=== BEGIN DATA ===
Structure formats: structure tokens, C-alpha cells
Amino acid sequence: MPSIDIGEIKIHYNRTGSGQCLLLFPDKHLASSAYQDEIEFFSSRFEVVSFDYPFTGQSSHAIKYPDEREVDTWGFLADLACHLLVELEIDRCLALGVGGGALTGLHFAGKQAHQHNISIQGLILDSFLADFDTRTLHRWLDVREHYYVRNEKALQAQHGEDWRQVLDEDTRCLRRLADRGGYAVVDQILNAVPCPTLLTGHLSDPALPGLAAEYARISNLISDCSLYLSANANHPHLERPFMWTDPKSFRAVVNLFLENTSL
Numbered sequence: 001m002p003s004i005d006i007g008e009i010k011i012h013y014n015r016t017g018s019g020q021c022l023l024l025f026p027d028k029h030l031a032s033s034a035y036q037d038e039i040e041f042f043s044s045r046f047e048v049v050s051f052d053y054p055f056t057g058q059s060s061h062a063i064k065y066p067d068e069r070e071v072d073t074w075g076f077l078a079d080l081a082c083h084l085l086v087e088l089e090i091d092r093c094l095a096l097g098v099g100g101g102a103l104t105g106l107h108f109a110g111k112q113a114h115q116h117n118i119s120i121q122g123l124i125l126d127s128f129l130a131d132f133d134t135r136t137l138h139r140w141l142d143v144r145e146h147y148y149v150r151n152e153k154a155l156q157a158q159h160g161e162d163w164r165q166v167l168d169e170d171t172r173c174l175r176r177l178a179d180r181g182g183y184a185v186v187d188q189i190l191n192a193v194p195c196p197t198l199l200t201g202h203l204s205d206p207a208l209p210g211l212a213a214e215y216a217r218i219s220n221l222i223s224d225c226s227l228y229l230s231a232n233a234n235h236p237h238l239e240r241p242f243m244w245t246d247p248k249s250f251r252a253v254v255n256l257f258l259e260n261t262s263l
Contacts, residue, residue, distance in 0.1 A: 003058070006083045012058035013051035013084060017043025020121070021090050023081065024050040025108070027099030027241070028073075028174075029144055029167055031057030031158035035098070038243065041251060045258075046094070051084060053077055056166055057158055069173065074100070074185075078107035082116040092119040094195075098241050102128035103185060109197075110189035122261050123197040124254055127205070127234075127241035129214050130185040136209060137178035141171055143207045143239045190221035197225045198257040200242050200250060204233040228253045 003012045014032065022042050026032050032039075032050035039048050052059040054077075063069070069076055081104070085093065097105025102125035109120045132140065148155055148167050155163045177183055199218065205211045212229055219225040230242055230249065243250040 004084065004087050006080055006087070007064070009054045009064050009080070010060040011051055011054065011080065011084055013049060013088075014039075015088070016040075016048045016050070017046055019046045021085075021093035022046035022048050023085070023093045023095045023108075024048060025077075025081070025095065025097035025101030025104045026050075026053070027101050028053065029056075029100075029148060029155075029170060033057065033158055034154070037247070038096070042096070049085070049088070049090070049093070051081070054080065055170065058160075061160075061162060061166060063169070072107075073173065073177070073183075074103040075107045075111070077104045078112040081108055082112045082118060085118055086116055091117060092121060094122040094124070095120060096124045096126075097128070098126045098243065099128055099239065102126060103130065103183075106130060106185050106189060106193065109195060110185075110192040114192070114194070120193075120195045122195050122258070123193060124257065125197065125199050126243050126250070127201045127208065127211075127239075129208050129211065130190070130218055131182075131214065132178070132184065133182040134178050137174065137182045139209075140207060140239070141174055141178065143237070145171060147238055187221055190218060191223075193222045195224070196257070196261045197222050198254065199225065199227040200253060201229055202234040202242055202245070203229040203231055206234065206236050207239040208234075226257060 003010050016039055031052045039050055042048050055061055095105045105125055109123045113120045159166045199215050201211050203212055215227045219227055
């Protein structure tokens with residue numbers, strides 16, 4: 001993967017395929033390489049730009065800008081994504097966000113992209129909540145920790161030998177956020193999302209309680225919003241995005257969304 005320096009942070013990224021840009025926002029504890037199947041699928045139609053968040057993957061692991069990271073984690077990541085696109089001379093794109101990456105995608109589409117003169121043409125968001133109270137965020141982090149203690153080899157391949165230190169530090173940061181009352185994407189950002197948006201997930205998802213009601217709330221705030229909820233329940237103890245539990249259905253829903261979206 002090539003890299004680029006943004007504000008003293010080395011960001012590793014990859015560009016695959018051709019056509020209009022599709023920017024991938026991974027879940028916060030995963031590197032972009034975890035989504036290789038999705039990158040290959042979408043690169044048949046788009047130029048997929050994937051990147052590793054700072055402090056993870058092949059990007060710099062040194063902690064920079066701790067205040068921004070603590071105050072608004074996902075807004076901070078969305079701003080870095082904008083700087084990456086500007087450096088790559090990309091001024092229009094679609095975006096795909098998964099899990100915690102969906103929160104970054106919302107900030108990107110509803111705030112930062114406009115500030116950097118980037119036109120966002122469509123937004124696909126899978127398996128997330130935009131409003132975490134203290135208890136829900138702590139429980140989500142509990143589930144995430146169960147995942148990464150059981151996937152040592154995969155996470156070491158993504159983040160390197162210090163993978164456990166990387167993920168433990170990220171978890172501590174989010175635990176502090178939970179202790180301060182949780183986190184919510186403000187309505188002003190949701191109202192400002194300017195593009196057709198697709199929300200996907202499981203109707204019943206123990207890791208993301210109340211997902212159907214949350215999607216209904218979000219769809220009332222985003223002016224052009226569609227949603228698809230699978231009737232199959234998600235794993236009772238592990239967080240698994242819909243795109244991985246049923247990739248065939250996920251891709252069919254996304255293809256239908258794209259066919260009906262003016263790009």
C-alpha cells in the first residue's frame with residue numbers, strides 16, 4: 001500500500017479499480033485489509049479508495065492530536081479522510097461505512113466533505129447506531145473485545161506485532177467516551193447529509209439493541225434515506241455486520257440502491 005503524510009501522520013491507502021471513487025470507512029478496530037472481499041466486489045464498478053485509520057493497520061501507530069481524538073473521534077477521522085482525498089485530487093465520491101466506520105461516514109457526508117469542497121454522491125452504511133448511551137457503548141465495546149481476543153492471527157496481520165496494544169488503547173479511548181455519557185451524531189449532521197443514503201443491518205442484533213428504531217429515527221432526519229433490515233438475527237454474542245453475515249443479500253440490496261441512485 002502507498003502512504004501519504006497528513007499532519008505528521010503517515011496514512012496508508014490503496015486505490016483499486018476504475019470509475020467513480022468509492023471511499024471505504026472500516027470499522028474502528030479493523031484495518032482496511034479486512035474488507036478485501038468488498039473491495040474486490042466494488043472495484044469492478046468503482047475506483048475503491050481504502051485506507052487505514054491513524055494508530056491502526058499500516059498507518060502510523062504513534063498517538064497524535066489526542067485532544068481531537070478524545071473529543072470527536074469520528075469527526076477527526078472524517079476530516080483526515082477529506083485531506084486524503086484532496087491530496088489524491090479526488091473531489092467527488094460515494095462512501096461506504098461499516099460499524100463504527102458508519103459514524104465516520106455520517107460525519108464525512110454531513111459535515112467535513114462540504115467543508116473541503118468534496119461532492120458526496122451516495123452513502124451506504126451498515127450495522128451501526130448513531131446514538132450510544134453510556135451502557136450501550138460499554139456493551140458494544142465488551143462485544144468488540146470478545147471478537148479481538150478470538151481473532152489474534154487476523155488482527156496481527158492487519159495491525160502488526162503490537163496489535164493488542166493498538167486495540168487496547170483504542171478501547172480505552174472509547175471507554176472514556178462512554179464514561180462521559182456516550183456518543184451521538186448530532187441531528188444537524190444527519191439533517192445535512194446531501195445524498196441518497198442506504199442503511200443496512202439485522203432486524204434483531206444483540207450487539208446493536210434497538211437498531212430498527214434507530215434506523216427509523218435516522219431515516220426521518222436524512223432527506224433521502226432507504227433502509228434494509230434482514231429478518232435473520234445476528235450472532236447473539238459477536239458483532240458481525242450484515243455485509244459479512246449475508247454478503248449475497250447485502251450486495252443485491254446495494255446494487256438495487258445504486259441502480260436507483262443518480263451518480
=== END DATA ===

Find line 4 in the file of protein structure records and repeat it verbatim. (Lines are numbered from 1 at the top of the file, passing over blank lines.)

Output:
Contacts, residue, residue, distance in 0.1 A: 003058070006083045012058035013051035013084060017043025020121070021090050023081065024050040025108070027099030027241070028073075028174075029144055029167055031057030031158035035098070038243065041251060045258075046094070051084060053077055056166055057158055069173065074100070074185075078107035082116040092119040094195075098241050102128035103185060109197075110189035122261050123197040124254055127205070127234075127241035129214050130185040136209060137178035141171055143207045143239045190221035197225045198257040200242050200250060204233040228253045 003012045014032065022042050026032050032039075032050035039048050052059040054077075063069070069076055081104070085093065097105025102125035109120045132140065148155055148167050155163045177183055199218065205211045212229055219225040230242055230249065243250040 004084065004087050006080055006087070007064070009054045009064050009080070010060040011051055011054065011080065011084055013049060013088075014039075015088070016040075016048045016050070017046055019046045021085075021093035022046035022048050023085070023093045023095045023108075024048060025077075025081070025095065025097035025101030025104045026050075026053070027101050028053065029056075029100075029148060029155075029170060033057065033158055034154070037247070038096070042096070049085070049088070049090070049093070051081070054080065055170065058160075061160075061162060061166060063169070072107075073173065073177070073183075074103040075107045075111070077104045078112040081108055082112045082118060085118055086116055091117060092121060094122040094124070095120060096124045096126075097128070098126045098243065099128055099239065102126060103130065103183075106130060106185050106189060106193065109195060110185075110192040114192070114194070120193075120195045122195050122258070123193060124257065125197065125199050126243050126250070127201045127208065127211075127239075129208050129211065130190070130218055131182075131214065132178070132184065133182040134178050137174065137182045139209075140207060140239070141174055141178065143237070145171060147238055187221055190218060191223075193222045195224070196257070196261045197222050198254065199225065199227040200253060201229055202234040202242055202245070203229040203231055206234065206236050207239040208234075226257060 003010050016039055031052045039050055042048050055061055095105045105125055109123045113120045159166045199215050201211050203212055215227045219227055